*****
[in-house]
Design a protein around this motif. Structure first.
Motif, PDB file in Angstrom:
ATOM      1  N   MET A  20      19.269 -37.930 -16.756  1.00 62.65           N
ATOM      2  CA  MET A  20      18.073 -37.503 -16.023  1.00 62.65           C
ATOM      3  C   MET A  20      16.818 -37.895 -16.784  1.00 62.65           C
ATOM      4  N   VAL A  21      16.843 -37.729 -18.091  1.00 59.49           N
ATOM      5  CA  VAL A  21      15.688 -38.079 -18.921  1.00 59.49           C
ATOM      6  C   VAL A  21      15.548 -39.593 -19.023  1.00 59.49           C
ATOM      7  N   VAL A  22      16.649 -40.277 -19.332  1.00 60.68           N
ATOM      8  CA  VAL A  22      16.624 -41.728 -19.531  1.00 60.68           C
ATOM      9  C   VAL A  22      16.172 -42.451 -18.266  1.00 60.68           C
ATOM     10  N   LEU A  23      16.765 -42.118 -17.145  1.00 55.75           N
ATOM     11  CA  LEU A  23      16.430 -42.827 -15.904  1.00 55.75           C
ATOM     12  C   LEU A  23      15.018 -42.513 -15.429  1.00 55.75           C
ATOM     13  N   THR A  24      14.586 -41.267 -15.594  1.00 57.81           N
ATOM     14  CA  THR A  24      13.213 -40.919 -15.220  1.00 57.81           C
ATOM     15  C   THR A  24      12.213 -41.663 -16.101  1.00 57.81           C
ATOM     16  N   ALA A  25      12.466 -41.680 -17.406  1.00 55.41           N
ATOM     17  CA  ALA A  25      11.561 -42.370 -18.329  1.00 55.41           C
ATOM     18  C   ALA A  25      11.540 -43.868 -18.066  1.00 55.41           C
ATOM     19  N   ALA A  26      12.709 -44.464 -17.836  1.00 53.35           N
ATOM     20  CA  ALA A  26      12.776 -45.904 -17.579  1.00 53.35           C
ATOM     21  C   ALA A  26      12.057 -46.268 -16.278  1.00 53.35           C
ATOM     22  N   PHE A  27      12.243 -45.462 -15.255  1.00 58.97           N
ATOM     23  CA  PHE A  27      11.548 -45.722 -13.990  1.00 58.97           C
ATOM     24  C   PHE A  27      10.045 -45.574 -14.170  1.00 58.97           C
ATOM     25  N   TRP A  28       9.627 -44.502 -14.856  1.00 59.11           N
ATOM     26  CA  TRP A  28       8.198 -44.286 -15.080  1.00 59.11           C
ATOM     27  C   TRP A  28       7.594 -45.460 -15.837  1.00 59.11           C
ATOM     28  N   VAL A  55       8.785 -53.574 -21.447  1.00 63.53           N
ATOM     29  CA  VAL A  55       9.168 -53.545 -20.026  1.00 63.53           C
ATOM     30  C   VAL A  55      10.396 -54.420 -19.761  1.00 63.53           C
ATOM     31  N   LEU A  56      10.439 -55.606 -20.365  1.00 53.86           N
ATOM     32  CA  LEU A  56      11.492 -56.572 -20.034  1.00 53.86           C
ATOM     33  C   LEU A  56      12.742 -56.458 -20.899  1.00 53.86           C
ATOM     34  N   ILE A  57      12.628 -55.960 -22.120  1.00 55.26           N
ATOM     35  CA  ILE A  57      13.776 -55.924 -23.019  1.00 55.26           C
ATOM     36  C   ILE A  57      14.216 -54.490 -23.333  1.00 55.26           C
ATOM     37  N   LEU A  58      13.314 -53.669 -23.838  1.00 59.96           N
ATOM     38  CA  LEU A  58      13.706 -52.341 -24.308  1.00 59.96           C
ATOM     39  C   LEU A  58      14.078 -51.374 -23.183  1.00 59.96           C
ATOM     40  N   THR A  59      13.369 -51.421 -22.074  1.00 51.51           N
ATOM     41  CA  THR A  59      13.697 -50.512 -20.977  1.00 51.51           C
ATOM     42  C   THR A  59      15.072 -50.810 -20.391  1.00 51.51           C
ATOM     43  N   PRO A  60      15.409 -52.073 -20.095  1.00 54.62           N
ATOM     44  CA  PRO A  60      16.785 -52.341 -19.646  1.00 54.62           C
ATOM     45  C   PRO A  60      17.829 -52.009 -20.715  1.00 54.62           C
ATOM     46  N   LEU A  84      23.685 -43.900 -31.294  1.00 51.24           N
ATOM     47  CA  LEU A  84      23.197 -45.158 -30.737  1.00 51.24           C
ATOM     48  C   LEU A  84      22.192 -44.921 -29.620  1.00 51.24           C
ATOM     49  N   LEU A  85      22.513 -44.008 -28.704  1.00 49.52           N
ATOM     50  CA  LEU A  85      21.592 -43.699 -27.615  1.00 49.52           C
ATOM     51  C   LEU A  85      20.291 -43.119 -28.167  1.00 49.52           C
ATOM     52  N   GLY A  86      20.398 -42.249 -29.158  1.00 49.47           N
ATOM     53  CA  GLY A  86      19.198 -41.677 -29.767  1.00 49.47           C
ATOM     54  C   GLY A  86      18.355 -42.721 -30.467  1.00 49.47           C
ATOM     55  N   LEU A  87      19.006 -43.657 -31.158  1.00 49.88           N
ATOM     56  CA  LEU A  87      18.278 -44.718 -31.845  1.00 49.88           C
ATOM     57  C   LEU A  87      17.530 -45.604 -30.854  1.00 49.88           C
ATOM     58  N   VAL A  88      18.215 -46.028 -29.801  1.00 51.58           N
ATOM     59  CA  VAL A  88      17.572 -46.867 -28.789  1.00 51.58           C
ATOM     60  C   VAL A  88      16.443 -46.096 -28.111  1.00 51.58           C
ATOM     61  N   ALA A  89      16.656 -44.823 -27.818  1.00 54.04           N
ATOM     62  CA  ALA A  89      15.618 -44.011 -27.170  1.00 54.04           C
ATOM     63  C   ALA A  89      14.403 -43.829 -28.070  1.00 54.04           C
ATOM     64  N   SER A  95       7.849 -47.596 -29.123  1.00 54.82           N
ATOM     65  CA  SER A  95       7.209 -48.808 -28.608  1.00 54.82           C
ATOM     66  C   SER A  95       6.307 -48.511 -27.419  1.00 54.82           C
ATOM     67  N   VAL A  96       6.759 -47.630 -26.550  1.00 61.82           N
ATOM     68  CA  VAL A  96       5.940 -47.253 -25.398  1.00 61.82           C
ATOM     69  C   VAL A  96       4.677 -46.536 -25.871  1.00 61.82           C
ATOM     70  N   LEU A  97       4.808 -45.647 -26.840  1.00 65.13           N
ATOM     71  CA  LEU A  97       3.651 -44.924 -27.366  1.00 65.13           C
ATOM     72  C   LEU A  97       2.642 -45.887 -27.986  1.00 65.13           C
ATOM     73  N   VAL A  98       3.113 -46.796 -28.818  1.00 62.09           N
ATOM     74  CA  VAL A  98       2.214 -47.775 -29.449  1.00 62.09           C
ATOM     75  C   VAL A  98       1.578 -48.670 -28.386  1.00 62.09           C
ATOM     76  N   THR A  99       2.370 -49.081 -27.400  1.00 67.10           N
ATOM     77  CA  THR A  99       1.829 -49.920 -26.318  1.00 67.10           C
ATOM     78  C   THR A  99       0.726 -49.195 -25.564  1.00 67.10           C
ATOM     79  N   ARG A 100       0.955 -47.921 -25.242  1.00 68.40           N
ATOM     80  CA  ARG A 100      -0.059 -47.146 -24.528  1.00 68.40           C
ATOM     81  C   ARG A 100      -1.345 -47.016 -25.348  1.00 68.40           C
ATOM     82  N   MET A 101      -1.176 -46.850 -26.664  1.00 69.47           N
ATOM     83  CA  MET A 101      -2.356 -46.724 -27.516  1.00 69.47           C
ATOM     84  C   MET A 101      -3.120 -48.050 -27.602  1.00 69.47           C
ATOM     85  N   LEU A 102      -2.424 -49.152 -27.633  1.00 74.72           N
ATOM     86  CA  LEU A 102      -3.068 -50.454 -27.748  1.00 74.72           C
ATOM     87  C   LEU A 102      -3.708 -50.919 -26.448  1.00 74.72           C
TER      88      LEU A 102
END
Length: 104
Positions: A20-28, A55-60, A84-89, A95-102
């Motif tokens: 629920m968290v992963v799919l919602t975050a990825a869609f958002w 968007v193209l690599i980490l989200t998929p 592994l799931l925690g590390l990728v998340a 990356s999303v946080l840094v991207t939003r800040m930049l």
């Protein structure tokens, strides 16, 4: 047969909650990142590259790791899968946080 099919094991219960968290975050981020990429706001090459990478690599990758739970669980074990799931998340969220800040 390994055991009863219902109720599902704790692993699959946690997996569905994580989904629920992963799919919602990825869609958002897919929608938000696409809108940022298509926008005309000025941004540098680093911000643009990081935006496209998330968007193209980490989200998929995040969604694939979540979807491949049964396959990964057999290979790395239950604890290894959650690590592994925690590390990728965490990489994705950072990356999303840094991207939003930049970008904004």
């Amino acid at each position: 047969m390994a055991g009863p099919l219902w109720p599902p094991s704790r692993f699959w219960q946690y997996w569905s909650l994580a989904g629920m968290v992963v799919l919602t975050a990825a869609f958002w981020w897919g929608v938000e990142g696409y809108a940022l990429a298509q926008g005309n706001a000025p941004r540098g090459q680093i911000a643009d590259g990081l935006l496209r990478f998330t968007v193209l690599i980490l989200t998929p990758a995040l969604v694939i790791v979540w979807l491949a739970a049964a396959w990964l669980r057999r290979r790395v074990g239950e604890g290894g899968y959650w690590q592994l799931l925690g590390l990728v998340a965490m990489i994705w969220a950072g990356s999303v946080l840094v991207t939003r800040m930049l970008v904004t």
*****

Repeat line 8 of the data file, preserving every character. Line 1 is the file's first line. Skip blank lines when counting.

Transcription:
ATOM      5  CA  VAL A  21      15.688 -38.079 -18.921  1.00 59.49           C